In addition to delivering meals for the entire family, MANNA provides nutritional counseling and meal planning and preparation classes that promote overall health. Staff of the managed care organizations told me that members served by MANNA were better able to control their diabetes and had reduced medical costs, and that they hoped to expand the partnership. A 2013 study published in the Journal of Primary Care & Community Health bore this out. For a group of seriously ill and nutritionally at-risk MANNA clients, average monthly health care costs were 31% lower, inpatient hospital stays were 37% shorter, and the number of hospital admissions was cut in half, compared to Medicaid patients without MANNA services.
Homelessness and job insecurity can also contribute to poor health. During another Innovation Tour visit last year, we witnessed how Health Partners Plans (a managed care organization) had teamed up with the nonprofit Ready, Willing & Able to provide job-readiness training to help homeless men reenter the workforce. For example, Health Partners Plan hosted a day of workshops aimed at strengthening participants’ professional skills around resume building, interviewing skills, and the like.
Our state has spurred managed care organizations to consider ways they can assist their members with education, training, or employment resources. Several have programs to help members attain their high school equivalency diploma, and many partner with community-based entities that provide job training or other career readiness services. Some have programs aimed at hiring individuals who have experienced significant employment barriers and helped people transition off public assistance. Efforts by managed care organizations to support unemployed or underemployed individuals are especially pressing in light of ongoing discussions at the federal level and in several states (including Pennsylvania) around establishing work requirements for Medicaid recipients.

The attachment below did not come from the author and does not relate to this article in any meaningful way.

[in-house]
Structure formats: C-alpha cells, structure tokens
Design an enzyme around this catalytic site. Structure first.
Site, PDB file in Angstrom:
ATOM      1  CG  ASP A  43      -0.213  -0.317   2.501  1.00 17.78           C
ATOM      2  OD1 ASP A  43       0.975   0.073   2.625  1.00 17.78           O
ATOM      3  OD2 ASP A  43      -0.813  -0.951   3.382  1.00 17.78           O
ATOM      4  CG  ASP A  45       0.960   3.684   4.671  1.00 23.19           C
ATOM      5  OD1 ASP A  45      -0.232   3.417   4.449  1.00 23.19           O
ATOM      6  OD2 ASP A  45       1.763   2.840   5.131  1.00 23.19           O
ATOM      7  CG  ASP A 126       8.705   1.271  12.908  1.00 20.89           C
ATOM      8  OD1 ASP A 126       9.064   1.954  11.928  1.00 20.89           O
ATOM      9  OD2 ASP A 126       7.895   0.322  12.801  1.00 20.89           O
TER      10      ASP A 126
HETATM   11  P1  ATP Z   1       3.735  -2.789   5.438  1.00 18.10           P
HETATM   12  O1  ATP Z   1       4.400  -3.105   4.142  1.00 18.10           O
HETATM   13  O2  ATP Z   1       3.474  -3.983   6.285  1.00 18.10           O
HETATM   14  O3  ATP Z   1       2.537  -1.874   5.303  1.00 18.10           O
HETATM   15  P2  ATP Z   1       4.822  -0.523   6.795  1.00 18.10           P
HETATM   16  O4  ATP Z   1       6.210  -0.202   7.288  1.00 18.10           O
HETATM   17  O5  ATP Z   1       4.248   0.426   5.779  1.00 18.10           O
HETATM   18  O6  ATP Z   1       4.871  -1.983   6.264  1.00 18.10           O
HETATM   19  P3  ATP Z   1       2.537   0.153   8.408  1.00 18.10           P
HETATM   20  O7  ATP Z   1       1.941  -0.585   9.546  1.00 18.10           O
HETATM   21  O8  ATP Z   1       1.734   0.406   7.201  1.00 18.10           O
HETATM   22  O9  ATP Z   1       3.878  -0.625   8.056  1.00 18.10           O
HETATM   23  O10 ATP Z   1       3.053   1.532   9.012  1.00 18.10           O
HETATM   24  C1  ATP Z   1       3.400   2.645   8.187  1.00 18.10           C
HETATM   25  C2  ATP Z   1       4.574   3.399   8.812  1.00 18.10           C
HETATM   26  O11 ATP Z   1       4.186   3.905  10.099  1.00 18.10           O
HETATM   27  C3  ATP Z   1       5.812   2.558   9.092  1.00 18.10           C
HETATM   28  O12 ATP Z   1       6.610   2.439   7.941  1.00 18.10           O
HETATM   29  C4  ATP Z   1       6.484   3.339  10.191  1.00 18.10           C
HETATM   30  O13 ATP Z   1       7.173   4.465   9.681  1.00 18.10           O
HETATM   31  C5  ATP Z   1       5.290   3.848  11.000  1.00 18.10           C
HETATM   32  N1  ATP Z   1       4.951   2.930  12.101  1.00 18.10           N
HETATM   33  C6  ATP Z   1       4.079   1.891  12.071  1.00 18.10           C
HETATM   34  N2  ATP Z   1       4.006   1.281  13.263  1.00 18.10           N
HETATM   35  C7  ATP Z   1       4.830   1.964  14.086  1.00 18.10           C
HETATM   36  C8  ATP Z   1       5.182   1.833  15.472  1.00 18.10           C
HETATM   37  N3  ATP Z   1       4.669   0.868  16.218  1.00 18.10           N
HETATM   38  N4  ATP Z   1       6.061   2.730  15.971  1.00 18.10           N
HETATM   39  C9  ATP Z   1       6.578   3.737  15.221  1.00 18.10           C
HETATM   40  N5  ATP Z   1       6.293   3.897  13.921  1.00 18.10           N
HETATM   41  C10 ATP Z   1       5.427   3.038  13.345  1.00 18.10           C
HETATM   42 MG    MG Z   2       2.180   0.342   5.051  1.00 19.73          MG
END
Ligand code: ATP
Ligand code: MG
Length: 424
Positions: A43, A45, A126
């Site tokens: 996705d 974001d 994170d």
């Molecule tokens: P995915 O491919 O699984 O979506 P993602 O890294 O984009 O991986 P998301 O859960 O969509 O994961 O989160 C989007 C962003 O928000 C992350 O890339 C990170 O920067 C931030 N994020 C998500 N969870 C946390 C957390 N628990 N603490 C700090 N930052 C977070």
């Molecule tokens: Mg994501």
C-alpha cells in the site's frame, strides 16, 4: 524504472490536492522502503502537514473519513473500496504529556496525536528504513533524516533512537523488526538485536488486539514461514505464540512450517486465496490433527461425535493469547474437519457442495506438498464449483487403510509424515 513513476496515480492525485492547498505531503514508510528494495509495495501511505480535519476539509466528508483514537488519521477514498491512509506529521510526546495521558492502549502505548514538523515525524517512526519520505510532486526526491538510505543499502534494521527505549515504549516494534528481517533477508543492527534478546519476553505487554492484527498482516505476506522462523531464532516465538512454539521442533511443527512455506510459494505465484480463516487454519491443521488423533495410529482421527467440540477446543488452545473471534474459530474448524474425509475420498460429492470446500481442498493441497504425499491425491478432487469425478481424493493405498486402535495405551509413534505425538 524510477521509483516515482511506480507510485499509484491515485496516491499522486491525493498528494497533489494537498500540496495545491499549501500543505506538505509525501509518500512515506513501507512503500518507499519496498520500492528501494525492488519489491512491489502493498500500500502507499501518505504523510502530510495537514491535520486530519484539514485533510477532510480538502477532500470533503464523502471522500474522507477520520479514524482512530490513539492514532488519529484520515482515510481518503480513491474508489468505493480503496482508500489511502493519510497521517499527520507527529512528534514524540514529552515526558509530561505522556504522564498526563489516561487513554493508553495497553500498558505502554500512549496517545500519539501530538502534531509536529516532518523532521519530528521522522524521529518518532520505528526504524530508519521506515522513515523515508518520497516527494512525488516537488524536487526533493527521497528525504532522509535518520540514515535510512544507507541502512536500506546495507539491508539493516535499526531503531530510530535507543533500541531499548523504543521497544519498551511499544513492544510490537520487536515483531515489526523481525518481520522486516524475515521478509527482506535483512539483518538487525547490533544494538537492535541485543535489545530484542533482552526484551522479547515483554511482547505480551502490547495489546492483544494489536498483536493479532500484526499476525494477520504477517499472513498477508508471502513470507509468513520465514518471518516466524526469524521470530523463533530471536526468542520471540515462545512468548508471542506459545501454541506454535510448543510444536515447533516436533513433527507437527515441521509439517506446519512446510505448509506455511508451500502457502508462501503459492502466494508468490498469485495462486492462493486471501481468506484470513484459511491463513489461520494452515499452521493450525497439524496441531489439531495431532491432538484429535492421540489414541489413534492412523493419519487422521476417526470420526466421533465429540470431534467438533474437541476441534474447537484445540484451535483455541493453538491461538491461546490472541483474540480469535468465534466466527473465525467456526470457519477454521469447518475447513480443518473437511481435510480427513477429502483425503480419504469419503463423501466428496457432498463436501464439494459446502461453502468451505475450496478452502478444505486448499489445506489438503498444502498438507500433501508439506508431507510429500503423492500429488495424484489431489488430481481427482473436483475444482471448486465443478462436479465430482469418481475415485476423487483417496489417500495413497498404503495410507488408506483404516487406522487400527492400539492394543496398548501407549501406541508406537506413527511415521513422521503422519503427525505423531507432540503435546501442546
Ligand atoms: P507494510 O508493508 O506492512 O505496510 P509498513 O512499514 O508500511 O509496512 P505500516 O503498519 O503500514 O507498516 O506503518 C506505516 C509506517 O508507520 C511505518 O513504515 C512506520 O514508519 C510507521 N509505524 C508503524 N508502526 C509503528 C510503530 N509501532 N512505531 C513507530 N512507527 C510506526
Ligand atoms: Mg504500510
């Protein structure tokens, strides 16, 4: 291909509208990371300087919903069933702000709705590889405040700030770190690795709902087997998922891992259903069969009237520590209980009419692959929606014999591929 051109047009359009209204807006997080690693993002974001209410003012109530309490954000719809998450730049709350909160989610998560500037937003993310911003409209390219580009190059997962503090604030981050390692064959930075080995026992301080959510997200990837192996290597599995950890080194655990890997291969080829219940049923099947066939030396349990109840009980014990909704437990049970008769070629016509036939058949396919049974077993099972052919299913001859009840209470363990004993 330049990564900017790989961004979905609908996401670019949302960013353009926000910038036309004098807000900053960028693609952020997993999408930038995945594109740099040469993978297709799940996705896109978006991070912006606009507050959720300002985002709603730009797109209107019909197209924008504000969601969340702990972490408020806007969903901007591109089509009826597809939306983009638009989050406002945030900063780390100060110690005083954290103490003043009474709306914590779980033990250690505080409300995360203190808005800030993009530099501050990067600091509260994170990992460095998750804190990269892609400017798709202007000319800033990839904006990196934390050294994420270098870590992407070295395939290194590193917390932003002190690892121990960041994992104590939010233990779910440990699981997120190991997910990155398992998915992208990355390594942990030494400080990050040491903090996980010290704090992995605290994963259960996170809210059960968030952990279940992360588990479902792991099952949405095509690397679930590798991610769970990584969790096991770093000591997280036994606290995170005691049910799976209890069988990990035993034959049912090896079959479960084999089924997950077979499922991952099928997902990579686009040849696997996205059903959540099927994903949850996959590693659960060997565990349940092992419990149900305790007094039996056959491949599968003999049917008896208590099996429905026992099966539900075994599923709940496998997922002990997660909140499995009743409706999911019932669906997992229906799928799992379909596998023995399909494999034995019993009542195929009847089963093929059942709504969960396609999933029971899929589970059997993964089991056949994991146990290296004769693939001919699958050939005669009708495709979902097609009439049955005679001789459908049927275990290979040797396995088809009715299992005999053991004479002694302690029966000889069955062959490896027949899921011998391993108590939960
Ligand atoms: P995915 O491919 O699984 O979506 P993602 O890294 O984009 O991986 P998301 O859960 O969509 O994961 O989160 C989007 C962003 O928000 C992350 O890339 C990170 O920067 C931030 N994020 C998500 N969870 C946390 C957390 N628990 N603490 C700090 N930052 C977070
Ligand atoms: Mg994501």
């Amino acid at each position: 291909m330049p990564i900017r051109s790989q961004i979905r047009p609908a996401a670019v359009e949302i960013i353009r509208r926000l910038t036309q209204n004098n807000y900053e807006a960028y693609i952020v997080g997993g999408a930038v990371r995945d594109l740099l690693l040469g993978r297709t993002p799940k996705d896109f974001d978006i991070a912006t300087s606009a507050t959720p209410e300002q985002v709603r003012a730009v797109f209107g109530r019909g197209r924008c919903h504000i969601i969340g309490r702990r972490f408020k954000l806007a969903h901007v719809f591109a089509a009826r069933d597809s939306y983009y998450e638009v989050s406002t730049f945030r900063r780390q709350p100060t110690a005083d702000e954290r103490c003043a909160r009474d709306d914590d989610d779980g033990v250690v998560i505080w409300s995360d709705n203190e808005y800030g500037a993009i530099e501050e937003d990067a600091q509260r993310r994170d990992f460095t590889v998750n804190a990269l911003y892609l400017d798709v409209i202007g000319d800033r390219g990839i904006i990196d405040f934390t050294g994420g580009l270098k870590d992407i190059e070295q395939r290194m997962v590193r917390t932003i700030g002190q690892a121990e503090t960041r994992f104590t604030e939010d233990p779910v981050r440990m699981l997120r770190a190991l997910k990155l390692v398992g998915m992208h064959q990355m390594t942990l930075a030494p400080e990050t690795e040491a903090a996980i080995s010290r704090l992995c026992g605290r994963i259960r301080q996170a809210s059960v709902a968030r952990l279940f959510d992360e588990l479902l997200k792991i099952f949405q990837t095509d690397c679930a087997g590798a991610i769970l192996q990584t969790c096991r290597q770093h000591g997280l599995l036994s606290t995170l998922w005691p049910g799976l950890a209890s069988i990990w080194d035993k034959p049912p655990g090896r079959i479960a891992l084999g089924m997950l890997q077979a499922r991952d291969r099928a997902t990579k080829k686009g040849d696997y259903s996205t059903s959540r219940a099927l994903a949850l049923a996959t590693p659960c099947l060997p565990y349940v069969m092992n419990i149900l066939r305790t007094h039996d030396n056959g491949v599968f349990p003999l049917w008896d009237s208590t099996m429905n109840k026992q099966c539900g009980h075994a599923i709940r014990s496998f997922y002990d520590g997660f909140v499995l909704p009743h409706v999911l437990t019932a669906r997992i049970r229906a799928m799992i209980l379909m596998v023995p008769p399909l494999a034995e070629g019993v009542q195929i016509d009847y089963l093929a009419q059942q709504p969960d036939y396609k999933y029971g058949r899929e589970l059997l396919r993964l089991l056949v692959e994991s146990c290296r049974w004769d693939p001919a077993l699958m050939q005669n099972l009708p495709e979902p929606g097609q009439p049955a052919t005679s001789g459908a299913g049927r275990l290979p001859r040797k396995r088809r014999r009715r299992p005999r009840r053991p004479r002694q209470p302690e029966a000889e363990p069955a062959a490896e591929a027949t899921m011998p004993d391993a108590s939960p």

In the area of housing, the UPMC health plan is partnering with the nonprofit Community Human Services in Pittsburgh to scale up a program that connects homeless people with stable housing to help improve their health and lower medical costs.
States have a unique ability to convene and coordinate large groups of individuals with diverse interests toward achieving a shared objective. In Pennsylvania, we’ve learned that the state plays a critical role in moving the health care system forward. Through our managed care organizations, we are working on creating standardized assessments for social determinants of health for providers, enhancing community-based programs that help patients manage their chronic conditions, and expanding investments in technology solutions to meet the needs of the people we serve.
In a health care system that rewards better health, providers have incentives to be more efficient and effective with their care, but also to look beyond the condition that brought a patient to them initially. When we focus on the whole person, including their social and environmental circumstances, we are more likely to keep people healthy so that they can avoid future medical crises and costs. By doing so, we will begin to bend the growing cost curve and stabilize health care spending.